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Rock Creen Terrace Apartments high rise buildingI often hear claims that the school impact tax rates charged to developers are based on faulty assumptions about the number of children who live in new housing units. While no one can predict exactly how many kids will live in a specific dwelling in the future, the methodology used to produce the generation rates used in school impact tax calculations is far more sophisticated and comprehensive than most people realize.

Every other year, Montgomery County Public Schools (MCPS) provides the Planning Department with a dataset that includes the address and grade of every MCPS student (with all other identifying information scrubbed from the dataset). The Planning Department then cross-references this information with parcel data that identifies the type of housing at the relevant address (single-family home, townhouse, high-rise multifamily, etc.).

Using this information, the Planning Department calculates how many elementary, middle and high school students are generated by different types of housing across different parts of the county. When the rates were last calculated using 2016 enrollment data, housing type information was matched to the addresses of 99.1 percent of the more than 159,000 MCPS students. This means that the resulting generation rates are based on a nearly-complete picture of exactly how many kids live in each category of housing across the entire county.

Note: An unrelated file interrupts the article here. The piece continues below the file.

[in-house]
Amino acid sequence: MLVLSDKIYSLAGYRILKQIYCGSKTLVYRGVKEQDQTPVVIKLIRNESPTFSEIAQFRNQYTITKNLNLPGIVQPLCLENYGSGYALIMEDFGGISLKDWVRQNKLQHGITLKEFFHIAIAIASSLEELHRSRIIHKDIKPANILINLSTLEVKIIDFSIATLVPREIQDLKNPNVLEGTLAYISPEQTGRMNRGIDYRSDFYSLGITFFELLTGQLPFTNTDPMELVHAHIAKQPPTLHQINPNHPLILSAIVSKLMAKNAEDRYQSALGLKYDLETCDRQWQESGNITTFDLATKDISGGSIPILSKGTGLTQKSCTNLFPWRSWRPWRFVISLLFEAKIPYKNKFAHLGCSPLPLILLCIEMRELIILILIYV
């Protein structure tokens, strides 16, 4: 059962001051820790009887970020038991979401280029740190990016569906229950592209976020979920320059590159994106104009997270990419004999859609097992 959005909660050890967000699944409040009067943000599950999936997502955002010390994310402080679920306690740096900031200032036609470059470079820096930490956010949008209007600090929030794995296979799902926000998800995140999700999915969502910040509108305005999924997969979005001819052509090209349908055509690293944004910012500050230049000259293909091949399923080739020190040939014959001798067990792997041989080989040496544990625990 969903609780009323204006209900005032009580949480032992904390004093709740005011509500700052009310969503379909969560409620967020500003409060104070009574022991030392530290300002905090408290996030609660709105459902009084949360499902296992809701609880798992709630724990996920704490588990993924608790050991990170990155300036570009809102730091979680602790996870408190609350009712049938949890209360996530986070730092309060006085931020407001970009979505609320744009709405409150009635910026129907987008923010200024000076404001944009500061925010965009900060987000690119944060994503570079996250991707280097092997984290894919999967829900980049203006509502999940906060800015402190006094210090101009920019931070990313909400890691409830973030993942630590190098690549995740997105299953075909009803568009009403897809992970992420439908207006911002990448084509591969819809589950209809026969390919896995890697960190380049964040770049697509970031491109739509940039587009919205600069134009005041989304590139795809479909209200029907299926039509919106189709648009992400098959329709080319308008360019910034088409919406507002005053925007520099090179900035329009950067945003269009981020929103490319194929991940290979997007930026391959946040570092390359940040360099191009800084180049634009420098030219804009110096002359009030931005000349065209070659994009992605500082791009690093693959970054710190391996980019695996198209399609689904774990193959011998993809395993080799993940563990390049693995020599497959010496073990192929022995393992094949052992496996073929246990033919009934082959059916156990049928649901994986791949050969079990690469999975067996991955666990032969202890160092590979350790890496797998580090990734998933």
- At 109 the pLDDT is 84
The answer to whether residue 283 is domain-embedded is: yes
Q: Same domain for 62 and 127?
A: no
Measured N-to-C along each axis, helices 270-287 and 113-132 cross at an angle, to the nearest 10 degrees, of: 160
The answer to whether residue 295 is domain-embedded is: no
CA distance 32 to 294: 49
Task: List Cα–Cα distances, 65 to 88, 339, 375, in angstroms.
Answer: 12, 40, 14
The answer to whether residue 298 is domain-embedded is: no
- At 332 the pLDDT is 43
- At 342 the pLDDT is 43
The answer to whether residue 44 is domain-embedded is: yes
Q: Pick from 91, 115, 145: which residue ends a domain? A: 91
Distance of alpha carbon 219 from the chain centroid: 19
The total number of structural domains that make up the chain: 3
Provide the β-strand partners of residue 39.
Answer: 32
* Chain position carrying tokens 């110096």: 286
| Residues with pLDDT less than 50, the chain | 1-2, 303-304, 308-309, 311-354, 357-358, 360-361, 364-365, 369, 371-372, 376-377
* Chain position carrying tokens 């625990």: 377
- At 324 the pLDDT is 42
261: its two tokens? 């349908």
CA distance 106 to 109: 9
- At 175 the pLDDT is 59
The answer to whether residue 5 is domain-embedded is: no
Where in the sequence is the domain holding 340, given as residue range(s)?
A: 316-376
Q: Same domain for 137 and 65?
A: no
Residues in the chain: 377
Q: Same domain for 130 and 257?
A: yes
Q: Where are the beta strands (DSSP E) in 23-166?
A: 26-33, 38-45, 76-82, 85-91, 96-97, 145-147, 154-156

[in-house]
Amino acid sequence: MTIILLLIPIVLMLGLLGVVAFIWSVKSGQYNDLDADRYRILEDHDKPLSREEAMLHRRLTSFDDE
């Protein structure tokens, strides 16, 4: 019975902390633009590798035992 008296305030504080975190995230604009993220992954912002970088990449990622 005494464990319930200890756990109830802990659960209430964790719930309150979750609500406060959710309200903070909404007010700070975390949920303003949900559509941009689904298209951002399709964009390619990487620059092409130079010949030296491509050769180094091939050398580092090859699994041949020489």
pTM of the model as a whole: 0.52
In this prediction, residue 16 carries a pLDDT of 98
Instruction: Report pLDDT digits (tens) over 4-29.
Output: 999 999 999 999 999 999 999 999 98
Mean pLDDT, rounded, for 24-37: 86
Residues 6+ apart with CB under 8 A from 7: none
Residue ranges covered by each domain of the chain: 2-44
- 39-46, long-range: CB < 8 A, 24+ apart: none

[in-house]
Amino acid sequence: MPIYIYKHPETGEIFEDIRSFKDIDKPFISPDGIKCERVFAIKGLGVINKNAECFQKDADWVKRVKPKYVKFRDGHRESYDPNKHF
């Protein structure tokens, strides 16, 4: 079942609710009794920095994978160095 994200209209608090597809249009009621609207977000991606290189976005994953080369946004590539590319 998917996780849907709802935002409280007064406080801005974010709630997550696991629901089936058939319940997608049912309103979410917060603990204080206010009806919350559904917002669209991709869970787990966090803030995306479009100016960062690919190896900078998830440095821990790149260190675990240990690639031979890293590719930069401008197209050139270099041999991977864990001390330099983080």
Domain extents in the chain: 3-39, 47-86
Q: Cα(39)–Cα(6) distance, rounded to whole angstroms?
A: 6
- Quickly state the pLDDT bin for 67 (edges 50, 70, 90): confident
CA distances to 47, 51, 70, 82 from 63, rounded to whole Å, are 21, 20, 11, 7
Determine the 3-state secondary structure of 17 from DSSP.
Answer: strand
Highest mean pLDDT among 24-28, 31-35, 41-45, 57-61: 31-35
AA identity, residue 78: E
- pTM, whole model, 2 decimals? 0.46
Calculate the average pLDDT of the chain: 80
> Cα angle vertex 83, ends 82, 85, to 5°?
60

As you’d imagine, generation rates vary by housing type:

Attached single-family housing, commonly referred to as townhomes, generates the most students per unit – more than single-family detached houses. Mid-rise multifamily buildings tend to be relatively older stock with a relatively larger proportion of multi-bedroom units, but they still have a smaller number of schoolchildren per unit than single-family dwellings.

The number of students in high-rise apartments and condominiums, however, is even lower. For every 10 residential units in a high-rise building, only 1.4 students are enrolled in our public schools. Each of these units gets charged $6,791 in school impact taxes. This amount is less than one-third the rate charged for townhouses and single-family detached houses, but in line with the number of schoolchildren living in high-rise buildings.

In my next post, I’ll discuss enrollment projections and the relationship between school overcrowding and development. 

3 Responses to “Schools and Growth, Part Two: Student Generation Rates and Children Who Live in Apartments”

  1. Alison Gillespie

    Thanks. This topic comes up A LOT, and there’s a lot of mythology out there, and a lot of conjecture. It is really good see the actual data.

  2. lisa rother

    Thanks for this information. i’m very interested in the student generation rates. How does the turnover of homes from empty nesters to new families in neighborhoods impact student generation?

  3. Susan Fischer

    I wonder what the percentages would be if the stats were broken down by neighborhood. I live in downtown Silver Spring and have watched the elementary school bus drop off 30 kids at one high rise apartment building. That is far greater than the number of children that were picked up at my kids bus stop in a single family not attached dwelling area. Since the need for classrooms is different across schools it seems a better forecast would be based on neighborhood stats not county wide stats. I once mentioned the need for playgrounds down county and was told by my councilman that kids didn’t live in down county apartments. How wrong he is.